For many, the knuckleball is a novelty pitch. Baseball fans can tick off the names of most every knuckleball pitcher of the last 40 years, from the Niekro brothers to Tom Candiotti and Tim Wakefield.
With Wakefield retired, R.A. Dickey carries the knuckleballers’ banner, and the former Tennessee ace is the subject of the documentary, “Knuckleball!”, which premiered at New York’s Tribeca Film Festival in late April.
Dickey, like virtually every big league knuckleballer, turned to the pitch as a last resort, only after all other options for being a viable big leaguer failed. Jackson State righthander Quintavious Drains throws the knuckleball for a different reason, though.
The senior hopes the knuckleball eventually can be a consistent part of his repertoire as a change-of-pace pitch, to help him honor the memory of Darrin Brooks, his friend who introduced him to the pitch.
“I throw a fastball and curveball, with my changeup probably my favorite pitch,” Drains said. “I’ve started working in a slider and split-finger, and every once in a while, when I’m feeling good, I throw in a knuckleball.
“I picked it up when I was 12 from my best friend, and then he died in a car accident. He taught me the knuckleball, so I feel like I’ve got it and I’ve got to stick with it. Hitters are never looking for it, so if I can throw it for strikes, it messes with their head.”
Drains has gotten the better of hitters for four seasons at Jackson State. As a freshman in 2009, he posted four saves and had 53 strikeouts in 51 innings as a closer, before graduating to the rotation the next three seasons, where he’s gone 29-9 through April 22. Drains is having his best season as a senior at 9-2, 2.73, with seven complete games to lead the nation.
As detailed in last issue’s College Midseason Report, seniors are making a significant mark around the country. From Florida State’s James Ramsey to Florida’s Preston Tucker to catchers Jacob Stallings (North Carolina) and Peter O’Brien (Miami), seniors are key players on many College World Series contenders.
Jackson State isn’t an Omaha contender; a team from the Southwestern Athletic Conference hasn’t ever won a regional, much less been to the CWS. The Jaguars haven’t been to regionals since 2000, in coach Robert Braddy’s 28th and final season. But Jackson State is hoping to ride its own senior back to regionals after several recent SWAC tournament flameouts.
“We match up with the other team, so it depends on who they start as to whether he starts Friday or not,” coach Omar Johnson said of Drains. “But he’s our No. 1 guy.
“The kid does not get rattled. He’s a poker face on the mound. He pitches smart. The tighter the game, the better he gets.”
That helps explain Drains’ complete games, still one shy of the nation-best eight he threw in 2010, when his 13 victories tied him for second in the nation behind Texas Christian’s Matt Purke. Johnson first saw Drains playing shortstop in high school at the Most Valuable Prospects showcase, held at Georgia Tech’s Russ Chandler Stadium.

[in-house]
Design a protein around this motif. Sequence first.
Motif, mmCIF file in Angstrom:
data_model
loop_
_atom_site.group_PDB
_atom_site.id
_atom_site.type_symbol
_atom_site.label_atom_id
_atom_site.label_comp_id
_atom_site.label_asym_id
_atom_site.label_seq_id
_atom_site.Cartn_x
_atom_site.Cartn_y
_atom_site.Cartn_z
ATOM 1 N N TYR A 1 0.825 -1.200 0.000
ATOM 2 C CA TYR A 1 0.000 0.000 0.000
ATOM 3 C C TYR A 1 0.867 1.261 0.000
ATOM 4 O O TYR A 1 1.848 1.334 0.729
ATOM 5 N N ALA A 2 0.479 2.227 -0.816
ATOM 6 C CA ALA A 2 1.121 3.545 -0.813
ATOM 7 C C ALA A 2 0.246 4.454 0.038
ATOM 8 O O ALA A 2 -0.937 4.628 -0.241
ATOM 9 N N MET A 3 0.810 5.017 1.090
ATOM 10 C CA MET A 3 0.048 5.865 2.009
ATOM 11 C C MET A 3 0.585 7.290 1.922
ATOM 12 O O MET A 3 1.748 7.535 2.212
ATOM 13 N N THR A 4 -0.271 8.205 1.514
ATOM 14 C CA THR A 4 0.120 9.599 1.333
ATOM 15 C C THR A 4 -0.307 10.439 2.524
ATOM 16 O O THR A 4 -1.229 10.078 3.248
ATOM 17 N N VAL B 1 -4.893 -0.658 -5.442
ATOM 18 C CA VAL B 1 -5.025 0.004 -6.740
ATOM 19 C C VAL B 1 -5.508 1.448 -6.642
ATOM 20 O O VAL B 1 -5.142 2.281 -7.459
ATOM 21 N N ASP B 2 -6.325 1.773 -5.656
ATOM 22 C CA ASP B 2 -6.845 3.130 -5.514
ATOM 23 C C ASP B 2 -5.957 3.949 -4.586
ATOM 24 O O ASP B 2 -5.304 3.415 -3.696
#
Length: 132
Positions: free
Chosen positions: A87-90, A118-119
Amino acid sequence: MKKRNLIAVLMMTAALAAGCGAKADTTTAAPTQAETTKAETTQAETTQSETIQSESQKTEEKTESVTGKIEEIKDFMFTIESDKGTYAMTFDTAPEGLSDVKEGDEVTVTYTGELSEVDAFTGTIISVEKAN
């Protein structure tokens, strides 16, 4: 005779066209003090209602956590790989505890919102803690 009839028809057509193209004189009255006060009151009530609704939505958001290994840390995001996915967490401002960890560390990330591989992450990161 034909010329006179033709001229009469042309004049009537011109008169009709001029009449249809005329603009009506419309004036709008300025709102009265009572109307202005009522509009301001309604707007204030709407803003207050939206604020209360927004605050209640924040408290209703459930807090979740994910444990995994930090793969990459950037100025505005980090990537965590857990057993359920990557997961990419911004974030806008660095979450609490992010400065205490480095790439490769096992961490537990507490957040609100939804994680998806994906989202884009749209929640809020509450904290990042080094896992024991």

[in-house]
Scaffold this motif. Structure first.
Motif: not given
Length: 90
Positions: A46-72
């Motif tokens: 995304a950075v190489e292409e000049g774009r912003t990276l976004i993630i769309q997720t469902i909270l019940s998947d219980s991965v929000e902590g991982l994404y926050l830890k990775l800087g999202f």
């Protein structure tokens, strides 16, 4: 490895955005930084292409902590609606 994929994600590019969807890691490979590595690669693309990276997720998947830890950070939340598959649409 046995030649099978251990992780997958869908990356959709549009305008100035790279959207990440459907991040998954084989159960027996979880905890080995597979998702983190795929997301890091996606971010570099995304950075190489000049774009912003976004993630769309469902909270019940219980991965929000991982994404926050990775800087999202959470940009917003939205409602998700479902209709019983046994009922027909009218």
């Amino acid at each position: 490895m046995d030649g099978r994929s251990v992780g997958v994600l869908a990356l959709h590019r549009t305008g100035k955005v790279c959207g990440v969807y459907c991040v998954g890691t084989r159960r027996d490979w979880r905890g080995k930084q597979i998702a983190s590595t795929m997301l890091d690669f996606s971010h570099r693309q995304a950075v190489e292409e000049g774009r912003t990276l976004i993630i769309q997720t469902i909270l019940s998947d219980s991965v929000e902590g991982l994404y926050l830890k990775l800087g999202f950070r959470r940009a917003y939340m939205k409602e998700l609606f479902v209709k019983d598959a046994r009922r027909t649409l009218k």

“You knew he was too big for short,” Johnson said, “but we could see his arm strength. Ever since he’s been here, he’s been a pitcher. He’s like any pitcher who wants to hit; we gave him an at-bat where he made some contact, and he’s never let the hitters on our team forget it.”
Drains admits he takes pleasure in hitting but knows his role on the team is to eat up innings. “We have pitch counts if we pitch midweek in relief,” he said, “but my job is to keep us in the game and give us a chance to win. That’s how I pitch.
“That’s what I practice all fall for, that’s what all our conditioning work and running is for, that’s what practice all week is for—that one game. So why not finish what I start?”
The 6-foot-3, 215-pound Drains estimates he’s topped out around 160 pitches, and the workload has probably taken a toll on his draft prospects. Despite his college success, he wasn’t drafted last year and said he hasn’t had much contact with scouts this spring. One scout said he saw Drains in the fall throwing in the mid-80s and hasn’t been back this spring. Johnson said Drains touched the low 90s as a freshman out of the bullpen, but he generally pitches in the 80s as a starter. Maybe the knuckleball will be his ticket after all.
No Need For A Nickname
Like all college seniors, Drains is job seeking and would love for his first job to be in baseball. If he doesn’t get a shot at pro ball, the recreation administration major hopes to coach in the future or work with kids such as at a YMCA or Boys & Girls Club.
Chances are with a name like Quintavious Drains, his resume will be remembered. Johnson said he’s never coached a Quintavious before. Drains said his mother liked the name Quint but wanted to give it her own unique touch, and Quintavious was the choice.
“I prefer Q,” he said with a laugh. “My teachers call me Quintavious; if I’m in trouble is when I hear it. My head’s on a swivel when I hear Quintavious.”